1 Transistor – 1 Memristor Cell RRAM on flexible substrates advances
Researchers out of Korea recently published a paper on their success in implementing a single titanium oxide based memristor integrated with a single crystal silicon transistor. In addition to future research into improvements for the “read” problem of nonvolatile memory via a diode and unipolar resistor combination, they created and tested a 1 Transistor, 1 Memristor cell model on plastic substrates. When packing cells with the 1T-1M model, they were able to achieve random memory access without the prior difficulties of read-path problems encountered with electrical distortion and interference. The flexible transistor works to limit read current from these memristive sneak-paths. The test arrays were constructed of an 8×8 grid of transistor-memristor cells, and they were able to achieve a 2.8cm long flex to within 1.8cm of each edge, for 100 flex cycles.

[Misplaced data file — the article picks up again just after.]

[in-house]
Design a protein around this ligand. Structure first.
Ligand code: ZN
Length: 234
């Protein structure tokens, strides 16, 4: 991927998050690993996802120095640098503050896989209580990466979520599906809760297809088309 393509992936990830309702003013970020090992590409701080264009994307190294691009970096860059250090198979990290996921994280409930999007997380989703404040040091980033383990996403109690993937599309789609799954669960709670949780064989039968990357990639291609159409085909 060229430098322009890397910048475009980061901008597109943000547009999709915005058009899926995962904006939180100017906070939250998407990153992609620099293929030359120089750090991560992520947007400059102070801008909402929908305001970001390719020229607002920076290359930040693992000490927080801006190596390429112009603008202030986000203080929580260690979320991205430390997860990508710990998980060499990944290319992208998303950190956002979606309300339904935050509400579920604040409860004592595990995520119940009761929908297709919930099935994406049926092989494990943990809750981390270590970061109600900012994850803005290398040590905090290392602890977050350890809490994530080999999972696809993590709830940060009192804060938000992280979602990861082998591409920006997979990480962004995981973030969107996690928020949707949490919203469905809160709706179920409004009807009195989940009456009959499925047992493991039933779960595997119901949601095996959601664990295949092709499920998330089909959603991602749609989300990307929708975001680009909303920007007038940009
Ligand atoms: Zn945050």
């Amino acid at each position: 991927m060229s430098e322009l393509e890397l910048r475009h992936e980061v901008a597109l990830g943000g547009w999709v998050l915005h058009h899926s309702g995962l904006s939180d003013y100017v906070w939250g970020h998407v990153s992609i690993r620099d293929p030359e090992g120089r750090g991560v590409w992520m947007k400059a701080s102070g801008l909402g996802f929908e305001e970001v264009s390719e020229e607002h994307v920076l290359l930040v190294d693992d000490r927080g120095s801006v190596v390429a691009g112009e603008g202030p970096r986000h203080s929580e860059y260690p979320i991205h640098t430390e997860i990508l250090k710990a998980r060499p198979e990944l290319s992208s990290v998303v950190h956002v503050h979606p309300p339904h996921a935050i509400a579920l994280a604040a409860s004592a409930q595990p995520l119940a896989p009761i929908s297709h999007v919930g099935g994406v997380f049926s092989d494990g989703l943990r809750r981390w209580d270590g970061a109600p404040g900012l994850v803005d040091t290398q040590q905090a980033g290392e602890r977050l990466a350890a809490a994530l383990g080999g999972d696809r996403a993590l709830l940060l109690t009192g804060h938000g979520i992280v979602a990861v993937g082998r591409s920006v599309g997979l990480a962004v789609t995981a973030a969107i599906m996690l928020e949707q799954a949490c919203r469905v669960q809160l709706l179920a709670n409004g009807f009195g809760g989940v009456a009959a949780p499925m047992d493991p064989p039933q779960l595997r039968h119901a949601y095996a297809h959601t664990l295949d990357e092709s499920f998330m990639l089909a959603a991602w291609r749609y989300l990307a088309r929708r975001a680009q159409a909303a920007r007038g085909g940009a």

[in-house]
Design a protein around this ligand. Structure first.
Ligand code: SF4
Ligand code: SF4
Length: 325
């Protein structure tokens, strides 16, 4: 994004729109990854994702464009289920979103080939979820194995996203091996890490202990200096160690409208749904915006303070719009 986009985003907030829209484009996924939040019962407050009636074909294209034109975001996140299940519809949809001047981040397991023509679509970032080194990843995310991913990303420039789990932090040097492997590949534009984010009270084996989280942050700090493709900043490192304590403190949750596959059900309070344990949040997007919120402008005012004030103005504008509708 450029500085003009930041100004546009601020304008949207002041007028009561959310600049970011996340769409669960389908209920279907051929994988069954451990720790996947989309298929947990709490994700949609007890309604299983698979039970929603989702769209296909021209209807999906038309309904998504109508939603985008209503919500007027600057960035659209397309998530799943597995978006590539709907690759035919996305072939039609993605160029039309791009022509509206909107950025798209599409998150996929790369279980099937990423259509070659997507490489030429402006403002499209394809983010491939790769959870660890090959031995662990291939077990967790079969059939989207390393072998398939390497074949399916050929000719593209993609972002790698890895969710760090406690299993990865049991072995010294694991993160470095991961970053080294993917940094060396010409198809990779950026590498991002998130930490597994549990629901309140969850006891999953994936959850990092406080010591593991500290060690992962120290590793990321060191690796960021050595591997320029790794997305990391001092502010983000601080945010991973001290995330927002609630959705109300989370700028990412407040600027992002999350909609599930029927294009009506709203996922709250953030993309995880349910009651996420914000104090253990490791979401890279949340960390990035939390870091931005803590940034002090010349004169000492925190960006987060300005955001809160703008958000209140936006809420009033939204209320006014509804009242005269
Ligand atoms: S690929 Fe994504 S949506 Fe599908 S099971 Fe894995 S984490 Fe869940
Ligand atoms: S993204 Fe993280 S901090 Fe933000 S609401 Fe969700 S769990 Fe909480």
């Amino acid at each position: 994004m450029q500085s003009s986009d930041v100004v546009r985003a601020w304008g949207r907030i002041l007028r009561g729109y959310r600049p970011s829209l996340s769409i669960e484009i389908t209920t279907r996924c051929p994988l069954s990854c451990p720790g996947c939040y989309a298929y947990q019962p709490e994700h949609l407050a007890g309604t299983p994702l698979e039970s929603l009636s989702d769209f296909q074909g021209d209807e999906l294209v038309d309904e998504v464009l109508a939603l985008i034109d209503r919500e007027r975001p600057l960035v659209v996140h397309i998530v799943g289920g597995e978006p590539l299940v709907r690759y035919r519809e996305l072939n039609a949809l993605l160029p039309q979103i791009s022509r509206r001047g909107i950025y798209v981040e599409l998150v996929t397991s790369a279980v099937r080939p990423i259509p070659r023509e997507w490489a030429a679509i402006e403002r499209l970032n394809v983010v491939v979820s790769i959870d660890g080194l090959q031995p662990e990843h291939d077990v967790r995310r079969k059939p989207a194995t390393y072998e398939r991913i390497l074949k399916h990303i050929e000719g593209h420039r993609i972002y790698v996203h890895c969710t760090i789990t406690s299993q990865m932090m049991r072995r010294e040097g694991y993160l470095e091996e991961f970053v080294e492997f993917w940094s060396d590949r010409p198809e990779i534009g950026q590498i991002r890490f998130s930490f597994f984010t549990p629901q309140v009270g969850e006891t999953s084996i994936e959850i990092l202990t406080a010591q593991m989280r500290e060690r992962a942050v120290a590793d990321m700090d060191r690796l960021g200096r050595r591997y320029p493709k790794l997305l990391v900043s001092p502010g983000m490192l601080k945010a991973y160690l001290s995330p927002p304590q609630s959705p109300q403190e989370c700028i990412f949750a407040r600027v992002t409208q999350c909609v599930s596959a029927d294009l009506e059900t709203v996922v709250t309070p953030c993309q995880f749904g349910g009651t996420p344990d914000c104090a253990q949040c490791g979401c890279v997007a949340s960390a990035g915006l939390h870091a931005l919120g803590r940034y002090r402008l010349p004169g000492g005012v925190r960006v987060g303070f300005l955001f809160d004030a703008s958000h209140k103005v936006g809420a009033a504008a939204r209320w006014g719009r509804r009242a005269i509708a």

One of the biggest problems the wearables industry has faced is the problem of power and state. Ultra-low voltage can only take viability of new material science applications so far; but true nonvolatile memory, especially with the ability to perform even simple logic-on-chip, is really one of the threshold changers to achieve. A recent paper from AIP NASA’s Center for Nanotechnology at Ames Research Center on “Copper oxide resistive switching memory for e-textiles” gives a pretty good overview of the state of the field in short summary: [link]
Copper Oxide Resistive Memory for Textile Applications, via [AIP].